Step 5 Inspect the dry patch for residue, and, if dirty, repeat until the dry patch comes out clean.
Step 6 Perform steps 1-5 for each cylinder chamber of the revolver, passing the brush and patches through the chambers from the rear face.
Step 7 Using the toothbrush soaked in bore solvent and the dental pick, clean and remove all debris from under the extractor, rear cylinder face, front cylinder face, and the breech end (forcing cone of the barrel). Residue left under the extractor may cause malfunctions. NOTE: Inspect for, and clean any residue which may be present on all other visible surfaces, e.g. top strap, breech face, firing pin hole, etc. Ask your facility armorer if you need help identifying these components.
Step 8 Using a clean cloth, dry all solvent residue from under the extractor, front and rear cylinder faces, and breech end of the barrel. Solvent left under the extractor may cause malfunctions.
Step 9 Using a clean cloth, apply a light film of gun oil to all exterior surfaces of the revolver. Ensure that the barrel bore and cylinder chambers remain dry of oil if the revolver is being returned to immediate duty. Oil left under the extractor or in the firing pin hole may cause malfunctions. If being stored, lightly coat the chambers and bore with gun oil. Using a clean patch, dry the chambers and bore prior to future use of the revolver.
Step 10 Check tightness of the grip screws using the proper size screwdriver. Do not overtighten. DO NOT attempt to tighten side plate screws unless using a gunsmith’s screwdriver - screw damage may result.
The Last Step Now that your revolver has been cleaned, avoid skin contact with the metal surfaces of the clean revolver to reduce the risk of rust due to perspiration and skin oils.
Self-Test #1 Click on the letter by the answer you think is correct. True False 1. Even a factory-new revolver can malfunction when fired.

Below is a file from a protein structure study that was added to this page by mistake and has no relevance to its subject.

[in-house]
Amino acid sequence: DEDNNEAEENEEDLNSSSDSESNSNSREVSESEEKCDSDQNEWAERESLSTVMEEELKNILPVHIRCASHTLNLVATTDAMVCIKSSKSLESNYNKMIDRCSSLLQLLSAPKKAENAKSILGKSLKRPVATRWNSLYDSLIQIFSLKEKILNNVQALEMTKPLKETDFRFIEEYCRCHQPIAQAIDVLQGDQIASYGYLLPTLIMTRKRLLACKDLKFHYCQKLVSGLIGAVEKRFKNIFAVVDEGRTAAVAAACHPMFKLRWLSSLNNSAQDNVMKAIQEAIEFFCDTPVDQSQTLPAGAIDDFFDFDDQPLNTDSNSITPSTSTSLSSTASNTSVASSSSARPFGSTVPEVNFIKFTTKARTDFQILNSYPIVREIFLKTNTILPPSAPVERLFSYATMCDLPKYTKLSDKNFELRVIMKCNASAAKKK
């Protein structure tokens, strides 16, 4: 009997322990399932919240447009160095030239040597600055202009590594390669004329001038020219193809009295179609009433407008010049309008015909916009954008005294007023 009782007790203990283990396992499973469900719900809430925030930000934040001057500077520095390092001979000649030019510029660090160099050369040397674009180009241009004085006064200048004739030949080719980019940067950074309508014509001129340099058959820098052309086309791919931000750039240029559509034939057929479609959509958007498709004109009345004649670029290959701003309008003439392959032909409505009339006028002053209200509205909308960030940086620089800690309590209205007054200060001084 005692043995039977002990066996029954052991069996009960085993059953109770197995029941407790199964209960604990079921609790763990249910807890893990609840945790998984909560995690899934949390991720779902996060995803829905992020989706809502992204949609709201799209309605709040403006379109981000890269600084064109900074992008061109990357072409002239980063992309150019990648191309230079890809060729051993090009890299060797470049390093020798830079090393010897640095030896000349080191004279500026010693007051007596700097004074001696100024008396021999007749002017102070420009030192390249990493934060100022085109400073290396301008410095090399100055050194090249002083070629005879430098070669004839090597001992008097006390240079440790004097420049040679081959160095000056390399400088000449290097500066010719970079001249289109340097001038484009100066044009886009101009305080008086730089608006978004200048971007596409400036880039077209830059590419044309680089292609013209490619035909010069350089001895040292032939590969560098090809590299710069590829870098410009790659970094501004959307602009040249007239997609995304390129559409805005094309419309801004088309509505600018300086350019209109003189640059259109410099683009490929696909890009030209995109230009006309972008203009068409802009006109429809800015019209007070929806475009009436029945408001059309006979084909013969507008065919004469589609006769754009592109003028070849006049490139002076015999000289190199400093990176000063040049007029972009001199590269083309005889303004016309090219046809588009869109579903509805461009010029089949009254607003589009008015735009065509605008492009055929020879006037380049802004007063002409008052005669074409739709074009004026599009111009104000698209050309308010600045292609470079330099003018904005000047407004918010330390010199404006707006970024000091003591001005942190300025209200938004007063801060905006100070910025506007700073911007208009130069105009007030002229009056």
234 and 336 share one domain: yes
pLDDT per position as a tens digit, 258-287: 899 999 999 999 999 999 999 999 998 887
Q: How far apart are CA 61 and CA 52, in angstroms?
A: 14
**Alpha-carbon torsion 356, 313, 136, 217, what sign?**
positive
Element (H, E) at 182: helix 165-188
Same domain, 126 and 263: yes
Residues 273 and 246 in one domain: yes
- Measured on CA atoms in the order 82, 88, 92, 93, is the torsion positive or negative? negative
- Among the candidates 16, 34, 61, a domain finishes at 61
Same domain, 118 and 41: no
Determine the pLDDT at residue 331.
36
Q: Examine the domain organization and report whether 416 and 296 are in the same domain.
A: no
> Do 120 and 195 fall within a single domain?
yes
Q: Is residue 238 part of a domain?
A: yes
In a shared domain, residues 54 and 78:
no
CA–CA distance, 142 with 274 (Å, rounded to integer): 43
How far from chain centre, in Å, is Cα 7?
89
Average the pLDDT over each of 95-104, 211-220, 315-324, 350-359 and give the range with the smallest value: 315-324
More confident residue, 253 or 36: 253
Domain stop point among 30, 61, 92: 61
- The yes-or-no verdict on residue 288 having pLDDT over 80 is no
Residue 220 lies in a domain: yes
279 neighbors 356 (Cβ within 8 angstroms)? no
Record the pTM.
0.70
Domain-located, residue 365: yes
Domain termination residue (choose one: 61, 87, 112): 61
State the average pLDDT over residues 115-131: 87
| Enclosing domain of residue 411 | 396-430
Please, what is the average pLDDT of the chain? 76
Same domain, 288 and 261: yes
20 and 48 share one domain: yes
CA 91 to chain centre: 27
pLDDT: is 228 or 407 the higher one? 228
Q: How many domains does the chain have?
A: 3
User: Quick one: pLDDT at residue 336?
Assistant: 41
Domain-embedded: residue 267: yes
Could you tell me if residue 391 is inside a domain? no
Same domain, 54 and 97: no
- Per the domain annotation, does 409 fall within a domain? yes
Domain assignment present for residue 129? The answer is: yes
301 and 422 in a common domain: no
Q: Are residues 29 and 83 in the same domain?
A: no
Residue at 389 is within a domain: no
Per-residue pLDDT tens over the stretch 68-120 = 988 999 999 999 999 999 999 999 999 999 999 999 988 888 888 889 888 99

Self-Test #2 Click on the letter by the answer you think is correct. True False 2. The most-frequent cause of firearm malfunctions is poor maintenance.
Self-Test #3 Click on the letter by the answer you think is correct. True False 3. Primer and powder residue in the barrel and cylinders will not collect moisture and promote rust.
Self-Test #4 Click on the letter by the answer you think is correct. Cause jams and damage the weapon Affect accuracy and dependability of the weapon 4. Using a dirty firearm on the range may: Both A and B
Self-Test #5 Click on the letter by the answer you think is correct. True False 5. Cleaning rods, rod attachments, and bore/cylinder patches are made for specific caliber sizes.
Self-Test #6 Click on the letter by the answer you think is correct. True False 6. After unloading a revolver, it’s a good safety measure to visibly check the cylinder chambers and to count the cartridges you have removed.
Self-Test #7 Click on the letter by the answer you think is correct. True False 7. Dirt and oil residue left under the extractor can cause a revolver to malfunction.
Exit Page Thank you for taking this online course. Click the "Exit" button below to close the course. EXIT